All intellectuals of the left were now solidified around promoting socialist ideology under the name of “liberalism.” Such a strategy became spectacularly successful up through the late 1960s moving America insidiously toward the collectivist ideal of an egalitarian society via massive government coercion. The goal was to bring about “equality of results” in life by leveling down productive people as much as possible to the lowest common denominator. The Marxist vision was making great progress by eroding the individualism that had created and built America.
Unfortunately, the mid-1960s came unglued socially because America’s youth went bonkers by adopting a New Left radicalism that shook the politics of liberalism to its core. Counterculture rebellion raged among millions of young people who came home from college to kill their donkey parents ideologically. Stability and sanity collapsed into a heap of drugs, nihilism, and contempt for conventional liberalism. It was at this time that Kristol, Podhoretz, and numerous of their powerhouse liberal colleagues switched to the Republican Party in face of George McGovern’s 1972 takeover of the Democratic Party. They cast off the name “liberal” and adopted the name “neoconservative” so as to break totally from what they perceived as the lunatic fringe of New Left liberalism. Thus the neoconservative revolution was born via yet another name change. Socialists who became progressives who became liberals had now become “neoconservatives.”
Of course, the fundamental principles of collectivism and mega-statism were not discarded, only the name of liberalism. Ideologically the neoconservatives were still very much collectivists and statists. But the new name gave them a new life in which they felt they could thrive more successfully. Mega-statism with traditional values had always been their political vision; now it could be openly promoted as neoconservatism. It caught on and attracted droves of big league scholars and pundits to join with it, which grew into today’s neoconservative hold over Wall Street, the nation’s corporate moguls, the Republican Party, and many of Washington’s prestigious think-tanks.
The serpents had propagated. The Fifth Column had done its job. Thousands in the media became quite comfortable subscribing to “neo” conservatism and discarded the philosophy of “libertarian” conservatism, which had built the country and was the true conservatism, the true opposition to liberalism. The American people (conservative by nature) fell for the hoax and loyally supported the neoconservative movement, assuming it was what would keep the country free when actually it was working to do just the opposite. It was smuggling America into statism.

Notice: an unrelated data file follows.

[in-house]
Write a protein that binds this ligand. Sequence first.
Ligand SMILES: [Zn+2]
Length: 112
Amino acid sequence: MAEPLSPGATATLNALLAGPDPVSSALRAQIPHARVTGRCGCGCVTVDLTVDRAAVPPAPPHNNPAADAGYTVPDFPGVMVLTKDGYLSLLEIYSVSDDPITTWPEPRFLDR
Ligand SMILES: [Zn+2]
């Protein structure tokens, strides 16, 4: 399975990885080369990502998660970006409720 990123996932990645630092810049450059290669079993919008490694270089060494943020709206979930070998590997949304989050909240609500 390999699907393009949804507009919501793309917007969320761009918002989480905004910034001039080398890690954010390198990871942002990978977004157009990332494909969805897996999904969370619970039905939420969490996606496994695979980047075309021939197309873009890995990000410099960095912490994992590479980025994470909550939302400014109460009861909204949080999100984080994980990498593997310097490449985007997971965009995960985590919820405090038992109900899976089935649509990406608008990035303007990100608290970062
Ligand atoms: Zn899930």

Thus both liberals and neoconservatives and their respective political parties – the Democrats and Republicans – are relentlessly moving our country into mega-statism today with full support from our professors, our media, and our people. “Corrupt the money and the language,” said Marx. Freedom and capitalism will then fall. Today’s neoconservatives are not conservative; they are rabid collectivists. But you won’t hear that from the American people. They have been bamboozled.
The only solution to this ideological deception and corruption is to revive the vision of “libertarian conservatism” subscribed to by the Founders. This means a free-market, not a mega-state. It means the protection of equal rights, not the conveyance of special privileges. It means a mind-our-own business foreign policy, not the pursuit of world hegemony. If the Founders were alive today they would be heaping the same scorn on the “neoconservatives” that they heaped on the Tories and King George. Tyranny is still tyranny whether it calls itself socialism, fascism, liberalism or neoconservatism.
1. Irving Kristol, “Looking Back on Neo-Conservatism: Notes and Reflections,” The American Spectator, November 1977, p. 7.
2. Daniel Shapiro, “The Neoconservatives,” Libertarian Review, January-February, 1978.